Geely Chairman Li Shufu sought to eliminate speculation about familial ties and special treatment by China's president.

Geely Automobile Holdings Ltd has moved to end speculation that its entrepreneurial chairman, Li Shufu, has benefited from political ties to China’s President for life, Xi Jinping.

Li Shufu, who is increasingly active in the global automotive industry, has moved to address the long-standing speculation that his wife was related to Chinese President Xi Jinping.

The carmaker, which owns a stake in Germany’s Daimler and the firm that makes London black cabs as well as Volvo Cars, disclosed in a filing the name of his spouse was Li Wang, and she jointly held 4.9 million shares in the firm. 

Chinese and international media have often named Li’s wife as Peng Lijuan, triggering speculation she was related to China’s first lady, Peng Liyuan. The two share a surname and similar first name, according to Reuters.

Geely Chairman Li Shufu, left, and Volvo CEO Stefan Jacoby after Shufu signed the papers to take the majority interest in Volvo Cars.

(Volvo backs out of IPO due to trade and market conditions. Click Here for the story.)

“We are trying to correct the rumors that Li Shufu’s wife is President Xi’s sister-in-law,” a Geely spokesman told Reuters.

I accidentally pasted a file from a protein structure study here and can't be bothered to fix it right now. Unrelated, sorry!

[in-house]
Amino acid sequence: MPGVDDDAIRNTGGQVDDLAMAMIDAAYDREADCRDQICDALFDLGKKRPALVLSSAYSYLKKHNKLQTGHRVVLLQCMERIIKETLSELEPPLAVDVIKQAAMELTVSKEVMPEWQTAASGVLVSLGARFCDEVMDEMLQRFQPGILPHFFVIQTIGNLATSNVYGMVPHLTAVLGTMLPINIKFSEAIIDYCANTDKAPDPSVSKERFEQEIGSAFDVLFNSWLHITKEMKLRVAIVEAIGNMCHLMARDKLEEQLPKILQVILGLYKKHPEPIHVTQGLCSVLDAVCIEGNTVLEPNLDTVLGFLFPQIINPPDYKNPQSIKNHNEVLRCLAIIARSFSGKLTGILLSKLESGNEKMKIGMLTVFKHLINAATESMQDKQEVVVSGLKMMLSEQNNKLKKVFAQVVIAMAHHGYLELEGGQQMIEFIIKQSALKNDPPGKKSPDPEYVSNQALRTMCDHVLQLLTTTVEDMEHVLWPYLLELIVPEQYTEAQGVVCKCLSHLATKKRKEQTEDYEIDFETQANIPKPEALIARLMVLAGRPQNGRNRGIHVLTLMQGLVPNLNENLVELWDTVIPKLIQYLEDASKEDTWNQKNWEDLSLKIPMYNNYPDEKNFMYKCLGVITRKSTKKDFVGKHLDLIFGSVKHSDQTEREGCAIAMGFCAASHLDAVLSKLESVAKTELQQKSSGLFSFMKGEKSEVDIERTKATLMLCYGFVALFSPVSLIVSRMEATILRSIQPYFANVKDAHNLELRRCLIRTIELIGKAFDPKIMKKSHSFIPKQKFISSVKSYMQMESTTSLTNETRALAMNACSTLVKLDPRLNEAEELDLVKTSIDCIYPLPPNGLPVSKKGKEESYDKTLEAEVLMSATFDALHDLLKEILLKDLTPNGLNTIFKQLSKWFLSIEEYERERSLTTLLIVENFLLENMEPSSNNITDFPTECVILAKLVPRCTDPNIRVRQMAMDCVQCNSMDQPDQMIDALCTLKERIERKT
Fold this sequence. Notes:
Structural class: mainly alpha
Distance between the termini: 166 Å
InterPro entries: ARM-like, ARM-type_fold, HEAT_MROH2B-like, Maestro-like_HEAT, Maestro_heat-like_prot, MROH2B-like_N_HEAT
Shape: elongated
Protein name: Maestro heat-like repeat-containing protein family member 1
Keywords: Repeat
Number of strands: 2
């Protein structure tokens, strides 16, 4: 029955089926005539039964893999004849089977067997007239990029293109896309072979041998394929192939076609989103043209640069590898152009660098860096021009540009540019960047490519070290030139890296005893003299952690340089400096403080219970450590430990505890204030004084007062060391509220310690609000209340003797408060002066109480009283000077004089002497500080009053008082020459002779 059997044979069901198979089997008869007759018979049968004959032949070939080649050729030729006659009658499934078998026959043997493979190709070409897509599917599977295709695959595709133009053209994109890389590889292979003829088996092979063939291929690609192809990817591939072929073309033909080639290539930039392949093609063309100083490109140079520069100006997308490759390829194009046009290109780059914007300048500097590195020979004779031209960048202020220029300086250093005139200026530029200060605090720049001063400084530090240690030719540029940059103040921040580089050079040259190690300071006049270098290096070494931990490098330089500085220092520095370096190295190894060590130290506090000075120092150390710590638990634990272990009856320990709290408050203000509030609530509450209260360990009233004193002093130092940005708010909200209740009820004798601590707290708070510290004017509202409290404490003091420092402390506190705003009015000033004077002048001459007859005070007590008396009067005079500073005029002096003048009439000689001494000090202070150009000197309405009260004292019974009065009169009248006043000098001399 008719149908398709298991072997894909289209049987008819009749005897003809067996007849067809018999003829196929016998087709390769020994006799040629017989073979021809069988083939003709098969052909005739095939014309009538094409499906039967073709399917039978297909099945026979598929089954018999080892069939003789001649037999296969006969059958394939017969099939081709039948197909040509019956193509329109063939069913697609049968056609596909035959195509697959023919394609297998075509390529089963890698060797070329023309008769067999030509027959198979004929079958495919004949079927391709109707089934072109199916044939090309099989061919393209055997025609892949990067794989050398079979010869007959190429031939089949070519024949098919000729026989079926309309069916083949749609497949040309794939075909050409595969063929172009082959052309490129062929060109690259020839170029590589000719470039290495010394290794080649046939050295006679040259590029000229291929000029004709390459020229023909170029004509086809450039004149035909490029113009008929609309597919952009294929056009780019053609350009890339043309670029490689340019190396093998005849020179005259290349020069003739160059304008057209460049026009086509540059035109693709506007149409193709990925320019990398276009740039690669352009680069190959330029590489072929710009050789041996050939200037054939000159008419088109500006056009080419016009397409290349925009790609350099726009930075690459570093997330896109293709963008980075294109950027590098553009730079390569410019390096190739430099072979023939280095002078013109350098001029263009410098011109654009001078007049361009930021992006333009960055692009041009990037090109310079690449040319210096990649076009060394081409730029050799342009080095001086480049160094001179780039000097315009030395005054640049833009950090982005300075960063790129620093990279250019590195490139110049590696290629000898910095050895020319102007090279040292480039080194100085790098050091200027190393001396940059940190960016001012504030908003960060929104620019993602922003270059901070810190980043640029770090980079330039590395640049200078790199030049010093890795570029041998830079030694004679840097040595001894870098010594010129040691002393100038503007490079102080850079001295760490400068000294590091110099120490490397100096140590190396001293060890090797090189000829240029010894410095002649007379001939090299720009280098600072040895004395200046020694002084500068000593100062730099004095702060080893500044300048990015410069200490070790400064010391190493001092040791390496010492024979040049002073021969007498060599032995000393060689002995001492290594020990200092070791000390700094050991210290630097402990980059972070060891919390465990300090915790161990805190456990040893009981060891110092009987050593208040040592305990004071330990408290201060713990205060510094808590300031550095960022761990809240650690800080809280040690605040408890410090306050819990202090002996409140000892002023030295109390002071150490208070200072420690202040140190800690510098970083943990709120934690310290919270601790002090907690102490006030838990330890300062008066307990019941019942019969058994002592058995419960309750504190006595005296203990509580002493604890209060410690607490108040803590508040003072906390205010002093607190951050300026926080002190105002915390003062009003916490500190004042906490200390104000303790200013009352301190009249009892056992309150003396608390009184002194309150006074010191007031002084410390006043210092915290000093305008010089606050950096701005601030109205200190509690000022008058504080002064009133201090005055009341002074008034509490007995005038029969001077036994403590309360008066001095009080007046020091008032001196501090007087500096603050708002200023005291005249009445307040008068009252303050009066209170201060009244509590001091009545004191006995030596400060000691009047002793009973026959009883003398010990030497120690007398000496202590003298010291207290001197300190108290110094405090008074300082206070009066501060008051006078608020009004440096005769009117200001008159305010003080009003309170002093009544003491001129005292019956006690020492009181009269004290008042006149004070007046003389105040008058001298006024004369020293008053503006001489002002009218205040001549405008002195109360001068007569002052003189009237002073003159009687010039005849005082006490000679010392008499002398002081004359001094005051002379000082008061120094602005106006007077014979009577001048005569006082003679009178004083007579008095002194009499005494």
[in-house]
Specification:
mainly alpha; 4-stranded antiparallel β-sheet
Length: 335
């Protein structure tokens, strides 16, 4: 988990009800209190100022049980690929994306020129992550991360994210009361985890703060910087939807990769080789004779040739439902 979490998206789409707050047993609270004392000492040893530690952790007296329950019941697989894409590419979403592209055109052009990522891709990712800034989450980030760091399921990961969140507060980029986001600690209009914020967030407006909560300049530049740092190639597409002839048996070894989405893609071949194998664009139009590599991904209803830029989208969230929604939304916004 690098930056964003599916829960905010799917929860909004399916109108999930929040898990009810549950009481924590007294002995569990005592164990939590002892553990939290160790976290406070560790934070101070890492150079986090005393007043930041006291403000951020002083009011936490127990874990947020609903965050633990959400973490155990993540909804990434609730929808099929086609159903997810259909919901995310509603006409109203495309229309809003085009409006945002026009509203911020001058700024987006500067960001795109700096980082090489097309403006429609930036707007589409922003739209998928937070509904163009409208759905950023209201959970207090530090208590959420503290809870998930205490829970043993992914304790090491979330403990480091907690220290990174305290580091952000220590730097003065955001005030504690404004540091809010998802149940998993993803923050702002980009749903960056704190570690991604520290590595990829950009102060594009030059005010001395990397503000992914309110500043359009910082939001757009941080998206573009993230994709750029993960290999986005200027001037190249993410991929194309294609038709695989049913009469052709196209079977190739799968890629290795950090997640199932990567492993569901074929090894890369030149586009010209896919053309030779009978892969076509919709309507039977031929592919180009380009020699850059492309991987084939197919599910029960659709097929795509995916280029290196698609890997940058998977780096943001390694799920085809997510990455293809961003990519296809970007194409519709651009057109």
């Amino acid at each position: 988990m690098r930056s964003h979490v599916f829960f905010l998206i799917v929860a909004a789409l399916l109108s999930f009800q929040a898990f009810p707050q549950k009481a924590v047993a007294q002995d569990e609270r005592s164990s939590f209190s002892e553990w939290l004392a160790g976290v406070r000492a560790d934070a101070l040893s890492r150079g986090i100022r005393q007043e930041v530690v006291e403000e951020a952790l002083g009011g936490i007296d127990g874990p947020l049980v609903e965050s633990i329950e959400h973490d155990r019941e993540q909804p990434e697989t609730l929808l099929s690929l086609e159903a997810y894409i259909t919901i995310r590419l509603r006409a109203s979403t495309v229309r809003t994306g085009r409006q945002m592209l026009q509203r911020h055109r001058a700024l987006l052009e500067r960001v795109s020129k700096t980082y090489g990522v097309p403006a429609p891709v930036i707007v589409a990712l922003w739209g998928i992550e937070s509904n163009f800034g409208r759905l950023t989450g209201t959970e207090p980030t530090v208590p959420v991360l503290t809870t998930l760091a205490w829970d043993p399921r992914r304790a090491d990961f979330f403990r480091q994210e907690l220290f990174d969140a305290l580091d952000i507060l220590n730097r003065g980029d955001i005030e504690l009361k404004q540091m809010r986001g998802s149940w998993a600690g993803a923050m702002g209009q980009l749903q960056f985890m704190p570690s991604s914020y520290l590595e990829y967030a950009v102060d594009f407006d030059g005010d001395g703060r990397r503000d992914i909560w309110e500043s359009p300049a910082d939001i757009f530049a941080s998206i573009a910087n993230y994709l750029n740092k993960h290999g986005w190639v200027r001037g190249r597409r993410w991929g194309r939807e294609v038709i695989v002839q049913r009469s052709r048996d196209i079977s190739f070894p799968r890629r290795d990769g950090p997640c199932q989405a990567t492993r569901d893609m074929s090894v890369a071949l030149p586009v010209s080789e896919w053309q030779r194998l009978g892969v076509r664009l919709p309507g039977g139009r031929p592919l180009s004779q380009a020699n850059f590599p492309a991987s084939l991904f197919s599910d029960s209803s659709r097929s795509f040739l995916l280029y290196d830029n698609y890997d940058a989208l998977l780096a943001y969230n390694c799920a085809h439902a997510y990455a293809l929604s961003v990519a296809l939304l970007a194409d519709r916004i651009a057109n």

As one of China’s fastest-rising carmakers, Geely has made a series of major investments outside of China in the past decade. Geely bought Volvo from Ford in 2010, with an initial investment of $11 billion. Since then the Swedish car maker has rebounded as it came up with capital for new platforms, a new engine family as well as the technology for electric and autonomous vehicles.

(Click Here for more about Geely sales in China growing quickly.)

Speculation about Li Shufu’s connections appear to have intensified more recently as Chinese authorities have cracked down on capital outflows and “irrational” overseas deals. Last year, Geely spent more than $1 billion on Group Lotus and then earlier this year purchased nearly 10% of Germany’s Daimler AG, one of the world’s largest and best-known makers of cars and trucks.

Volvo, which is still managed from Sweden and maintains it raises investment capital from through its own operations, also has spent more than $1 billion on a new factory in the United States outside of Charleston, South Carolina.

(To see more about Geely plowing $1.98 billion into Lotus, Click Here for the story.)

The suggestion that Geely’s success was due to political influence would be highly sensitive, especially given that Xi is leading a crackdown on corruption that has snared scores of high-profile officials and business leaders.

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